I’d appreciate the author pointing out precisely what he thinks he’s presented that is in any way, shape, form or manner new? Because all I see is suggestion that we continue trying the same failed approaches that got us here.

But he’s pretty much demonstrated he can’t. “The United States could then enter into serious arms control discussions with China that included North Korea and Russia …”? “The nuclear negotiations could go hand in hand with a larger regional conference on stability in the Korean peninsula …”? Gosh, Scott, you’re a genius! Why didn’t anyone else think of negotiations at any time in the past 60 years?

Oh, wait …

You people are so consumed by Trump hatred you’ve lost touch with reality.

#25 Comment By Procopius On August 11, 2017 @ 8:41 am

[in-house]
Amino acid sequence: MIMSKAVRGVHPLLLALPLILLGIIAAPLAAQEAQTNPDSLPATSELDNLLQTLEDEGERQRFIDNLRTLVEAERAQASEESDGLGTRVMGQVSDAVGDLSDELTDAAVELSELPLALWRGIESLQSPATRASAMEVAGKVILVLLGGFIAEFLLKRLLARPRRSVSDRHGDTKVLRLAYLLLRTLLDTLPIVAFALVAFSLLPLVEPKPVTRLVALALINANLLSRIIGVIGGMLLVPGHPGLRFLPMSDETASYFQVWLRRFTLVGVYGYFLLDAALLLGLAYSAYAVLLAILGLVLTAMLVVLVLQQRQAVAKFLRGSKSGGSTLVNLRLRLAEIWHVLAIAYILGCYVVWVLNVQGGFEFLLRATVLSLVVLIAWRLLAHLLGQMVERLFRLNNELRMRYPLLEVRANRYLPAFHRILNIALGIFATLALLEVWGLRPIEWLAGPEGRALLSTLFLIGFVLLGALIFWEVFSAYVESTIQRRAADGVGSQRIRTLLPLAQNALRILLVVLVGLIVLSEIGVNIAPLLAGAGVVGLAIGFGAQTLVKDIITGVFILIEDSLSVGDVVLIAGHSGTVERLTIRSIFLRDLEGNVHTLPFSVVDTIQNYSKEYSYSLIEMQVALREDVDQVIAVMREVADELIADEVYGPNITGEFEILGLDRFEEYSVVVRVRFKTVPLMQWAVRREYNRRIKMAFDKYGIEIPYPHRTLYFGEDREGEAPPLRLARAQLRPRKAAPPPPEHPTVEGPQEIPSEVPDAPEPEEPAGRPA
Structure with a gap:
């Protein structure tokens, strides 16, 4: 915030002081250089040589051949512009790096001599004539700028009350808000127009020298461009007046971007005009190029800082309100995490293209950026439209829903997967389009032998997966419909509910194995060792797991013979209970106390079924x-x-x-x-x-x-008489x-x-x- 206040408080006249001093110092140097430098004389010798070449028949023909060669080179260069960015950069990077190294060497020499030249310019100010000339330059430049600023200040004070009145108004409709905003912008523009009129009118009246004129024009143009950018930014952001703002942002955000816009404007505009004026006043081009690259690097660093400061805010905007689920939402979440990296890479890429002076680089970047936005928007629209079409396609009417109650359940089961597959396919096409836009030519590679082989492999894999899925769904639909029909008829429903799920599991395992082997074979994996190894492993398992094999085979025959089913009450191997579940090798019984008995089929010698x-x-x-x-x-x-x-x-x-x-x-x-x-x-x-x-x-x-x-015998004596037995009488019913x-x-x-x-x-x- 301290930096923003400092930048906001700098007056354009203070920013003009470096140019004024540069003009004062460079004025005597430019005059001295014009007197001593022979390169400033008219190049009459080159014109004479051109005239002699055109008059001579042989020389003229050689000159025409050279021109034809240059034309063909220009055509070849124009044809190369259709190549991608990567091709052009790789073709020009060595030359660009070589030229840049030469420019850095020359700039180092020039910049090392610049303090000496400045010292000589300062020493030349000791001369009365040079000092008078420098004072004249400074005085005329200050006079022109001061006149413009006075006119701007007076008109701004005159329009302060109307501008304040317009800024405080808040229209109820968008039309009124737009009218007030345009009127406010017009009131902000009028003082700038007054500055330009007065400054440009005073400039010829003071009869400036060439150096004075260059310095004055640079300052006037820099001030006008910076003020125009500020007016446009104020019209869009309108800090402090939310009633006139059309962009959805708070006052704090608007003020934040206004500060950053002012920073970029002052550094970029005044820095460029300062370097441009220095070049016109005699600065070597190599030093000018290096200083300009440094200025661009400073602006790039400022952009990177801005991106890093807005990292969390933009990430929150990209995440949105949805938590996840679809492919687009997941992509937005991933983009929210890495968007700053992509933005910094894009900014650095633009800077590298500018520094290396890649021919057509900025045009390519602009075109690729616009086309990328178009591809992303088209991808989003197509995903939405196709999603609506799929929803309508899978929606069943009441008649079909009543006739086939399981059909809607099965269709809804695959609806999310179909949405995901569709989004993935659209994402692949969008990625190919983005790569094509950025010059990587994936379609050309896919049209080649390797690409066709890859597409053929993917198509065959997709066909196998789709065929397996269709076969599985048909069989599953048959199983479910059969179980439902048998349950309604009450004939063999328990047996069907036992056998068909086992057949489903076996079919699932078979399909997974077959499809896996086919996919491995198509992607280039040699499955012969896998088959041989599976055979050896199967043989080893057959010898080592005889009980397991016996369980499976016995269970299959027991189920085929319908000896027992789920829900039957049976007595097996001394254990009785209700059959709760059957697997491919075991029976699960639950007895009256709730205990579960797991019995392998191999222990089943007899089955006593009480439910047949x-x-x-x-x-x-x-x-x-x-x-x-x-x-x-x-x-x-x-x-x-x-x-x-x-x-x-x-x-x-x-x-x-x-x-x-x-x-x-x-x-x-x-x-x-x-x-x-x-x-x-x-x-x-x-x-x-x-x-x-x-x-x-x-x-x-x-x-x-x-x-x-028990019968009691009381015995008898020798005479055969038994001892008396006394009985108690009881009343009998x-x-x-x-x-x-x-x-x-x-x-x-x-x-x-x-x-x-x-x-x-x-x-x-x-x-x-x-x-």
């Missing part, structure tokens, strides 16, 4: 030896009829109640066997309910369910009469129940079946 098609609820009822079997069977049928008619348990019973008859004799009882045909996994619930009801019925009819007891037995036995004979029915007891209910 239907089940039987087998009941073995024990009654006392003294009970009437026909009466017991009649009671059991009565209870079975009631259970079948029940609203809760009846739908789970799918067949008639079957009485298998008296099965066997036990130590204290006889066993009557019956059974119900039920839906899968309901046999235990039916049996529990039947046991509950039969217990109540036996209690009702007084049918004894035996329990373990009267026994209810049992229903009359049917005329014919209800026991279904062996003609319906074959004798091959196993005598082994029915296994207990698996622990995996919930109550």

We’re stuck. The only possible solutions would require two things: the U.S. would have to accept the existence of North Korea under the current regime, and would have to bargain in good faith. Neither of these is acceptable to the neoconservatives who have a stranglehold on the foreign policy machinery.

#26 Comment By Steve Rafalsky On August 11, 2017 @ 9:55 am

If some thoughts from a Christian versed in amil eschatology may be entered: I do see we are not assuming reason or even a modicum of statesmanship in either of the leaders of the saber-rattling nations, yet nonetheless do not factor in actual demonic urges moving these two men (and other leaders), which sort of dark-reason passions will be a mark in the days bringing us near to the larger destruction of the entity named “Babylon” (Revelation 18), and from there to the global Armageddon.